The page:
The Thud

I was working from home last Wednesday and noticed the sound of large trucks in the neighborhood, meaning a big job was being done somewhere near our house.  At one point during the day there was a huge THUD! and our floorboards communicated the vibrations of something tremendous hitting the ground nearby.

It wasn’t until later that I looked out the window and discovered what had been going on.  A crew from the city had been working all day taking down what was probably the largest tree for several blocks.

It was a huge pine tree.  I’m not good with estimating how tall things are without being able to actually count rows of windows in a building, but I’m guessing this tree was maybe the equivalent of a five-story building.  I could see it out our kitchen window, and when it was storming and blowing, I’d watch it, and it would move some but not much; it was solid and grounded.  I spend at least an hour each morning in a room that looks out to that tree, and it was always an impressive sight, towering dark with the colors of the sunrise behind it.

I even sat outside one summer and sketched the pine after taking a short drawing course and wanting to practice my skills on area trees.  A hawk used this tree as a home base, along with a nearby elm.  The tree simply was a big part of what I noticed in the area immediately outside of our home.

And now it’s gone.  It’s just gone.  When I look out the south windows, there’s only sky where the tree used to be.  I haven’t seen the hawk to guess how it’s adjusting, but I miss the tree.  The air feels emptier without it there.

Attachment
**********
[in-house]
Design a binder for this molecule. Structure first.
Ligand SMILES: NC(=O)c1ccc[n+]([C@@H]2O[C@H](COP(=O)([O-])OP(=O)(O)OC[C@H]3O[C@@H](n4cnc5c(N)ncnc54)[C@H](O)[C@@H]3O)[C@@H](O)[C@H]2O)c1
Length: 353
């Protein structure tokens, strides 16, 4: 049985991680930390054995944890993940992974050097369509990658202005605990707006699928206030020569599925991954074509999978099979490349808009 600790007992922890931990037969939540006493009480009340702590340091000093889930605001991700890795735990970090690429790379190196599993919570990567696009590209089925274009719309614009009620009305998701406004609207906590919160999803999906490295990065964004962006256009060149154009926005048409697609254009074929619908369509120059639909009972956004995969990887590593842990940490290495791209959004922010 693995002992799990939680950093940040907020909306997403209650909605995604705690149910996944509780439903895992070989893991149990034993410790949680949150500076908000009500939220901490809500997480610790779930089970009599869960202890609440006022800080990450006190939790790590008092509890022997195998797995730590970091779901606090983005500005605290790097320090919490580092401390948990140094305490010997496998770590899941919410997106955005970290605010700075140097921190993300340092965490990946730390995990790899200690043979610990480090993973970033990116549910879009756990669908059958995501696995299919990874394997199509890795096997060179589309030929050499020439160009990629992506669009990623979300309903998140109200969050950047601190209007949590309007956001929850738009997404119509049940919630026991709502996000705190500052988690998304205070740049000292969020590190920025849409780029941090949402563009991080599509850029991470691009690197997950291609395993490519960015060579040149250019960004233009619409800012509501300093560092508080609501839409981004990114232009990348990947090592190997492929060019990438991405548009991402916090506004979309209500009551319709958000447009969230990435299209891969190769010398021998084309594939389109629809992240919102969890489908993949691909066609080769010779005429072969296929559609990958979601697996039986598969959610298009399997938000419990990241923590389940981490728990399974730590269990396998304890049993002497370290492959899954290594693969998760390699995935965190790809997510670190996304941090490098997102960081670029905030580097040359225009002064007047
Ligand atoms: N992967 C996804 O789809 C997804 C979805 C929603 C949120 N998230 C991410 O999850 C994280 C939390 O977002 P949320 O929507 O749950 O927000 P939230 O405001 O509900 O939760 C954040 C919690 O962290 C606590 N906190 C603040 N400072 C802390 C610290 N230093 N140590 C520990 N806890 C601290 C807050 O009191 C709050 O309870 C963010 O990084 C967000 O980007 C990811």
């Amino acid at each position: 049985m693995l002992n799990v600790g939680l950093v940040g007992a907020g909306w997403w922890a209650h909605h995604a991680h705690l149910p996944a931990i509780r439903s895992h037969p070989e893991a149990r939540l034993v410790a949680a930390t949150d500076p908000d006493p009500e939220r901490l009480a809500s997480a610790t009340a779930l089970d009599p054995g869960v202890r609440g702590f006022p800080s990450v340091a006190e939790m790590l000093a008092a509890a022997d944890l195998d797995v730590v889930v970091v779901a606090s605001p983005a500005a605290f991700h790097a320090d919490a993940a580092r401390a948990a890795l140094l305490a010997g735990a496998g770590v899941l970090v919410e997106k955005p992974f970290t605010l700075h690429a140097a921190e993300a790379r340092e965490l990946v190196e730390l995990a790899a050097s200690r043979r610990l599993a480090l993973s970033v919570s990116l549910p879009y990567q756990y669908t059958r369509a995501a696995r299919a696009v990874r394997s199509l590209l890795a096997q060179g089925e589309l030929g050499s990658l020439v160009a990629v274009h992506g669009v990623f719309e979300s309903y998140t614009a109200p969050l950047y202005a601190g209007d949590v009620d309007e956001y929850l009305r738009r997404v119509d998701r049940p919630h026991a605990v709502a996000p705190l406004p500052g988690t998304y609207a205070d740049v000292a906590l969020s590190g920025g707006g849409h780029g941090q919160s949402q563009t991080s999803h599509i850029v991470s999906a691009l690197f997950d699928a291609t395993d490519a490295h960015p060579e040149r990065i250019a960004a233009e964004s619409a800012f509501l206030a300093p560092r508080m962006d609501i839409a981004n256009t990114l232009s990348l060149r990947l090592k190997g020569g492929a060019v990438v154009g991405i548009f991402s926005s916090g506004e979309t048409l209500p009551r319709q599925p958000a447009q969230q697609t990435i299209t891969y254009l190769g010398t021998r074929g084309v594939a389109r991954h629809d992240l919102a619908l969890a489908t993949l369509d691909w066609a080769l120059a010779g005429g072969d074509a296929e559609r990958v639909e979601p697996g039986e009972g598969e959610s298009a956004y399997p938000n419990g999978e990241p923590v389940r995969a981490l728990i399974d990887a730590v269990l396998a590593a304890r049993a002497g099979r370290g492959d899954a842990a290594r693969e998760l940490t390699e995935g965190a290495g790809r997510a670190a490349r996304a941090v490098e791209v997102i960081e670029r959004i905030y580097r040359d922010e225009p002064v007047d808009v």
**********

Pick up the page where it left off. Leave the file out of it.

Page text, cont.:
My friend Vera shares a quote with me about stories.  She says, “When a person dies, a whole library dies with them.”  Losing this tree reminded me, symbolically at least, of the hole that’s left when someone dies, when the space that person occupied is empty, and that empty space is actually a shock to the senses.

I was sad because I didn’t have photo of the tree to remind me of how it looked, towering over the southern half of our block.  I was discouraged thinking it was up to just my memory to recall how the branches looked in the morning and how much strength it displayed in Nebraska storms.

But then I remembered my sketchbook and the drawing that I’d made.  While the piece isn’t going to find its way to an art gallery, it is a representation of the tree that I am missing, and while it doesn’t take the sting away when I see just sky where there once was a towering pine, it’s something.  And it’s something that’s comforting and good.


My dad used to tell stories about his mother.  I never knew my Grandma Larsen and neither did my mom.  Grandma Larsen died before Dad and Mom even met, so Dad’s stories were what I had to try to form a picture in my mind and in my heart of who this woman was.  I still don’t know much about her, but the stories are something.  And they’re something that’s comforting and good.

“When a person dies, a whole library dies with them,” says Vera.  What can you do to help keep even part of that library of stories alive, whether those stories are about someone you love or whether they are your own?


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